Clarky's Comment - December 2012, A Reflection on 2012 and What Lies Ahead

A Reflection on 2012 and What Lies Ahead in 2013?

As we finish 2012 we can reflect on a couple of features of the year impacting on the forest industries of NZ and Australia and report on some of the signs for 2013.

2012 log exports markets affecting NZ forest growers were considerably less volatile than in 2011. Steady and regular business in Japan, Korea and China, with a high but stable FX rate but offset in part by relatively low and stable shipping rates has produced some very credible results for those forest owners that were harvesting and shipping logs during the year. Indian trade has slowed during the year but the slack as been picked up by China, which for the first time ever imported more logs from NZ than from Russia. One feature of the Chinese market has been a strengthening of demand for pruned logs, and corresponding price lift. Most commentators are anticipating more of the same in the first half of 2013, although against this view, at a recent meeting of wholesalers importing logs into Lanshan, Chinese government officials forecasted a significant slowdown in demand for sawn timber following Chinese New Year.

In both NZ and Australia 2012 has been tough for log processors. In NZ Norske Skog has announced it will be closing down one paper machine at Kawerau. Bay Lumber and Ahead Lumber have folded and CHH announced it will be closing its mouldings plant at Rotorua, although since then negotiations have commenced for a trade sale on that facility. In Australia the non-mining economy remains sluggish and building activity very subdued. In November CHH announced the closure of two South Australian mills blaming high log prices. Meanwhile imports of framing timber from Europe, while down to half what they were in 2010 and 2011, have clearly been assisted by the high Australian dollar relative to the Euro. In the last half of 2012 imports of secondary processed timber products such as mouldings, flooring and weatherboards from the US have jumped up sharply, no doubt a reflection of the high Australian dollar.

Other significant events for 2012 have included:

  1. The collapse of Gunns, a 137 year-old timber industry giant in Australia, leaving debts of nearly A$500 million.
  2. The collapse of the international price of carbon units, and subsequent fall-off of new land planting intentions and renewed deforestation activity for conversion to dairy in New Zealand. The government's failure, in its review of the Climate Change Response Act, to require a 50% quota of domestically sourced units to decouple the price of the NZU from cheap imported units means we cannot expect much domestic interest in reducing emissions or offsetting emissions through forestry planting for several years at least. I thought that the description of economics commentator Brian Fallow that the NZ ETS was now in an induced coma was quite apt.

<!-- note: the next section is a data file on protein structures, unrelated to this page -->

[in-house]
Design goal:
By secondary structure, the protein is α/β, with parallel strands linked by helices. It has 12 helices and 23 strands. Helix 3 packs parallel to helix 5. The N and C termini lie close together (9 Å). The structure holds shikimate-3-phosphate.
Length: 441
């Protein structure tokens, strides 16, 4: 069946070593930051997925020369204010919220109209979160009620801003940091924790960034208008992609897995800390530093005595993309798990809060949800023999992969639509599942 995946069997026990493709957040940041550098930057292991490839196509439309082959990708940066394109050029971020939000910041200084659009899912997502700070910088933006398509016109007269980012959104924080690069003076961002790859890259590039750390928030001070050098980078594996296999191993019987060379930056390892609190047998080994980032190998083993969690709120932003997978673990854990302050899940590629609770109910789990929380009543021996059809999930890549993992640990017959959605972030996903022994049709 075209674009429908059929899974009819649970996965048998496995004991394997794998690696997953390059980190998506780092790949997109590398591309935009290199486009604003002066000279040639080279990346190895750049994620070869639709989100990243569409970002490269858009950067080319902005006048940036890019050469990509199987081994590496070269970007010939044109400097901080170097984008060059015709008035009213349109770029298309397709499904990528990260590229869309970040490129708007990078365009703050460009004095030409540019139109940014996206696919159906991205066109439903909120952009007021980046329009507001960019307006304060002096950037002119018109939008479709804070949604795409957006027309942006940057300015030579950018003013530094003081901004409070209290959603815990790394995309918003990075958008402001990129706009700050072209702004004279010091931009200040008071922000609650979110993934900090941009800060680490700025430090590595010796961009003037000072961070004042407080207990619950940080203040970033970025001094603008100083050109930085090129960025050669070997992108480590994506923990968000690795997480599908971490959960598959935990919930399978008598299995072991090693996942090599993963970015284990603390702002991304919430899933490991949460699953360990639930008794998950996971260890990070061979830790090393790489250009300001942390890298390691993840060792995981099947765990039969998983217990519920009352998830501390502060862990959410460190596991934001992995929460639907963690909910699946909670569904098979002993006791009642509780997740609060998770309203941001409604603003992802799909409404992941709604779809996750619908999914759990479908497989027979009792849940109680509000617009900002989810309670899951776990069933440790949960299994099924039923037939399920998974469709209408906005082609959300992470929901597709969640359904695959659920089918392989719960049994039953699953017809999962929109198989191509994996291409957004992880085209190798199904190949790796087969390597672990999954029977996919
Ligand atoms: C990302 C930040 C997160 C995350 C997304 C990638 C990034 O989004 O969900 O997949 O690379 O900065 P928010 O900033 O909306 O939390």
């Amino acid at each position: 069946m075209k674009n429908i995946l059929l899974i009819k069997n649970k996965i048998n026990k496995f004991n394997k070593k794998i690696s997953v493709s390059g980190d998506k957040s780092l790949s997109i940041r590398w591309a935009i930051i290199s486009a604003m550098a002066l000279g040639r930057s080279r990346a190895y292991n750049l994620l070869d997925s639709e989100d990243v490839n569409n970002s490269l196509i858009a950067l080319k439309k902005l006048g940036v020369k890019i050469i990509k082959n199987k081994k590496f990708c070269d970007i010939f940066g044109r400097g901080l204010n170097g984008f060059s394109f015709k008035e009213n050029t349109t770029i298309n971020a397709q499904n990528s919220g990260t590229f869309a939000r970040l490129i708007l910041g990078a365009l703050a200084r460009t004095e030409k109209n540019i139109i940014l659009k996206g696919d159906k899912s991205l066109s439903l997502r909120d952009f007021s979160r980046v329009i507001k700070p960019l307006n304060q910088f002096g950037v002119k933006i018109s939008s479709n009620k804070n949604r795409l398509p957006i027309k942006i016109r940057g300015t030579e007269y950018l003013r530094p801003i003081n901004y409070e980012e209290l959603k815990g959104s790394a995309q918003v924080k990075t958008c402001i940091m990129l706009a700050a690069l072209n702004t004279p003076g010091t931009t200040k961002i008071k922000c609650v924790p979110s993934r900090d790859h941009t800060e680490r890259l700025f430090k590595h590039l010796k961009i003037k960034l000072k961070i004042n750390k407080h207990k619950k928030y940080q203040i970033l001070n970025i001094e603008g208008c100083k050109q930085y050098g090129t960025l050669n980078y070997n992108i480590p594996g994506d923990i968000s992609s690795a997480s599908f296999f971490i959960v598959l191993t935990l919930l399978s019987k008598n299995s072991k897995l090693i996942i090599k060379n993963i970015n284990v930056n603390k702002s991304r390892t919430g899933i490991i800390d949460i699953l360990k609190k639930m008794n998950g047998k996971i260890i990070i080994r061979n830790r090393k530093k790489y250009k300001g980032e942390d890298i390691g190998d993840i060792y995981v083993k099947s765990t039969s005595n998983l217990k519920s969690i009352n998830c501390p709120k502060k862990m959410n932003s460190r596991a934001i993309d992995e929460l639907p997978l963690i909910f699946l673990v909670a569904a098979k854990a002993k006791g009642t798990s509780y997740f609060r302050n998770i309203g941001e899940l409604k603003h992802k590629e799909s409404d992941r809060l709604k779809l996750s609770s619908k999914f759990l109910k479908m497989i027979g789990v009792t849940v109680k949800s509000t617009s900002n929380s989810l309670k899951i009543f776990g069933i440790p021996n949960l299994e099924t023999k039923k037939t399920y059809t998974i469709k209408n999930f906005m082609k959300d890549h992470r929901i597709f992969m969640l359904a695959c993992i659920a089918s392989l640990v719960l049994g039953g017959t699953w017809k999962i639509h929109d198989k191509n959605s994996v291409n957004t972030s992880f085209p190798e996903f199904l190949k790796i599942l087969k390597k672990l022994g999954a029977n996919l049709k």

3. A New Zealand Forest and Wood Products Industry Strategic Action Plan was developed, and good progress being made towards introduction of a Commodity Levy on logs to support the forest grower funding of that Plan in a sustainable way.

In the last quarter of 2012 we are seeing what appears to be a sustainable increase in housing activity and lumber demand in the US, increased demand for clearwood mouldings and boards from NZ mills selling into the US plus good construction activity in Auckland and Christchurch. Respected timber markets research group International Wood Markets issued a press release on 10th December suggesting that, subject to no global economic recession, timber prices globally are in for a 3-4 year steady price increase on the back of increased demand from the US and limited supplies to fill that demand. See: http://www.woodmarkets.com/pressreleases.html

As we break for a Summer holiday, my pick is that we can look forward to a more steady growth in demand for both logs and processed timber products in the first half of 2013. But with strife in the Middle East and the sovereign debt issues in Europe unresolved the outlook is a bit murky.